The answer is simple: the thing called an “end” does not exist, not in relation to a country. SA will be there long after Jacob Zuma is gone.
What Zuma has done is to make us come to the realisation that ours is just another African country, not some exceptional country on the southern tip of the African continent.
During the presidency of Nelson Mandela and Thabo Mbeki, some among us used to believe that the black people of SA are better than those of other African countries.
We must all thank Zuma for revealing our true African character; that the idea of rule of law is not part of who we are, and that constitutionalism is a concept far ahead of us as a people.
How else are we to explain the thousands of people who flock to stadiums to clap hands for a president who has violated their country’s constitution? Such people have no idea of constitutionalism.
Now that we have reclaimed our place as another African country, we must reflect on and come to terms with our real character, and imagine what our future portends.
In a typical African country, ordinary people don’t expect much of politicians, because people get tired of repeated empty promises.
In a typical African country, people have no illusions about the unity of morality and governance. People know that those who have power have it for themselves and their friends and families.
The idea that the state is an instrument for people’s development is a Western concept, and has been copied by pockets of Asian countries.
Africans and their leaders don’t like to copy from the West. They are happy to remain African, and do things “the African way”.
The African way is rule by kings, chiefs and indunas in a setting of unwritten rules. Is there anyone who has seen a book of African customary laws?
The idea that a commoner can raise questions about public money spent on the residence of a king is not African. The ANC MPs who have been defending Zuma are true Africans.
Asking a ruler to be accountable is a foreign – Western – idea. In a situation where there is conflict between a ruler and laws, Africans simply change the laws to protect the ruler. This is why no single white person has called for King Dalindyebo to be released from jail.
The problem with clever blacks is that they think they live in Europe, where ideas of democracy have been refined over centuries.
What we need to do is to come back to reality, and accept that ours is a typical African country. Such a return to reality will give us a fairly good idea of what SA’s future might look like.
This country will not look like Denmark. It might look like Nigeria, where anti-corruption crusaders are an oddity.
Being an African country, ours will not look like Germany. SA might look like Kenya, where tribalism drives politics.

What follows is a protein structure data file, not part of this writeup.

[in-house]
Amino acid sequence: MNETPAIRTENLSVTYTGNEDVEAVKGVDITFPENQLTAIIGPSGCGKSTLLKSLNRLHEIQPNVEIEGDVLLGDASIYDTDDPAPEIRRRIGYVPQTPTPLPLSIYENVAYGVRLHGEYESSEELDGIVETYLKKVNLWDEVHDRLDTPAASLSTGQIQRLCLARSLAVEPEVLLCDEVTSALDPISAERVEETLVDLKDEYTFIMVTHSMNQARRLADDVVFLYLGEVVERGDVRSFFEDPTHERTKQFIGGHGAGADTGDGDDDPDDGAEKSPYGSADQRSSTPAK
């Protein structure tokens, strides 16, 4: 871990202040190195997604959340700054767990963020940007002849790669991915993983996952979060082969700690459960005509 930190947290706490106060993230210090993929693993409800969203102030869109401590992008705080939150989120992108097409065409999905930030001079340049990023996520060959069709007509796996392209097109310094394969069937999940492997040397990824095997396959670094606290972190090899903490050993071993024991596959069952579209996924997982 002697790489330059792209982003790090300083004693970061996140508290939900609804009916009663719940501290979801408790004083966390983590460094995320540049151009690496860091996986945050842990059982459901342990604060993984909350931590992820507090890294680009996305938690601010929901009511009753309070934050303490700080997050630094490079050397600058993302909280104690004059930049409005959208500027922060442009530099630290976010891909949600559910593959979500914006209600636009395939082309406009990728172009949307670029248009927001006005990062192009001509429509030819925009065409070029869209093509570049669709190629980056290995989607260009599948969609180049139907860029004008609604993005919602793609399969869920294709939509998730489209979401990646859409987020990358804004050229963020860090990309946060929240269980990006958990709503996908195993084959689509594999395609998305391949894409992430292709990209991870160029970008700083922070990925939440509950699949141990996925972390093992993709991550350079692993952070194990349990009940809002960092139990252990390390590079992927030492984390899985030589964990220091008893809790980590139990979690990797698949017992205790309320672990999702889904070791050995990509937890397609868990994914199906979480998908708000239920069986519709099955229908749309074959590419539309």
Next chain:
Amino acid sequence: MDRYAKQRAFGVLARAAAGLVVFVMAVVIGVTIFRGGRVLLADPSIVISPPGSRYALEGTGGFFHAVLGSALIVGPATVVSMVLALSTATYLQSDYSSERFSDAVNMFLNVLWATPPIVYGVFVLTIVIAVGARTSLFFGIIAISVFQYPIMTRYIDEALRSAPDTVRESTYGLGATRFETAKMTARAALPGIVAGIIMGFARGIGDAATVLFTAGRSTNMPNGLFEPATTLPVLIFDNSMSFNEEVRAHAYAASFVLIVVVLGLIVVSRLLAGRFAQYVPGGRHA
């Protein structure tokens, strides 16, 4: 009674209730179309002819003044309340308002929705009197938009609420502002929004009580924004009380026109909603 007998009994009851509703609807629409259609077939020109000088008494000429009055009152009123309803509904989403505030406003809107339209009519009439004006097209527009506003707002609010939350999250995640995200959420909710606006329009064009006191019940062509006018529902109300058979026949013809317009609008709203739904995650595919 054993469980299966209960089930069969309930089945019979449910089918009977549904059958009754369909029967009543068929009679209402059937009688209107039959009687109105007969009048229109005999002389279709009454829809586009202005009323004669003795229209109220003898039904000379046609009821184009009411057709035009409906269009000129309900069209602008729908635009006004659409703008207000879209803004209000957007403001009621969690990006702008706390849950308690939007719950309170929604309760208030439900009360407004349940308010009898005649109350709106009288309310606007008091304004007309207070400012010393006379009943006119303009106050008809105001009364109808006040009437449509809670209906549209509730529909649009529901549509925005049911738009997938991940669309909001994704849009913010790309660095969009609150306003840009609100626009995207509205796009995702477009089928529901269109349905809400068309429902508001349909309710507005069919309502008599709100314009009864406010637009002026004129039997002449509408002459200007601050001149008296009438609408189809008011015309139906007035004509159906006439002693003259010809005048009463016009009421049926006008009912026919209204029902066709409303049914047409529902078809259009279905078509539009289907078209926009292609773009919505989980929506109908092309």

People must not entertain the illusion that a day is coming when SA will look like the US. Our future is more on the side of Zimbabwe, where one ruler is more powerful than the rest of the population. Even if Julius Malema were to become president, it would still be the same.
African leaders don’t like the idea of an educated populace, for clever people are difficult to govern. Mandela and Mbeki were themselves corrupted by Western education. (Admission: this columnist is also corrupted by such education.)
Zuma remains African. His mentality is in line with Boko Haram. He is suspicious of educated people; what he calls “clever blacks”. Remember that Boko Haram means “Against Western Education”. The people who think we have come to the end of SA don’t realise that we have actually come to the beginning of a real African country, away from the Western illusions of exceptionalism. Those who are unsettled by this true African character need help. The best we can do for them is to ask them to look north of the Limpopo River, to learn more about governance in Africa.
What makes most people restless about the future of SA is that they have Western models in mind, forgetting that ours is an Africa country.
The idea that a president can resign simply because a court of law has delivered an adverse judgment is Western. Only the Prime Minister of Iceland does that; African rulers will never do that.
Analysed carefully, the notion of SA coming to an “end” is an expression of a Western value system – of accountability, political morality, reason, and so on. All these are lofty ideas of Socrates, Kant, Hegel, and so on. They are not African.
All of us must thank Jacob Zuma for introducing us to the real African Republic of South Africa, not some outpost of European values.
As Diana tells Amie “Democracy is not the African way, one man, one vote, once.” I think Prince Mashele would agree.
Lastly thank you to all those who voted for Amie 2 in the ReadFree’ly competinion, she came in at #17 and got a lovely new sticker 🙂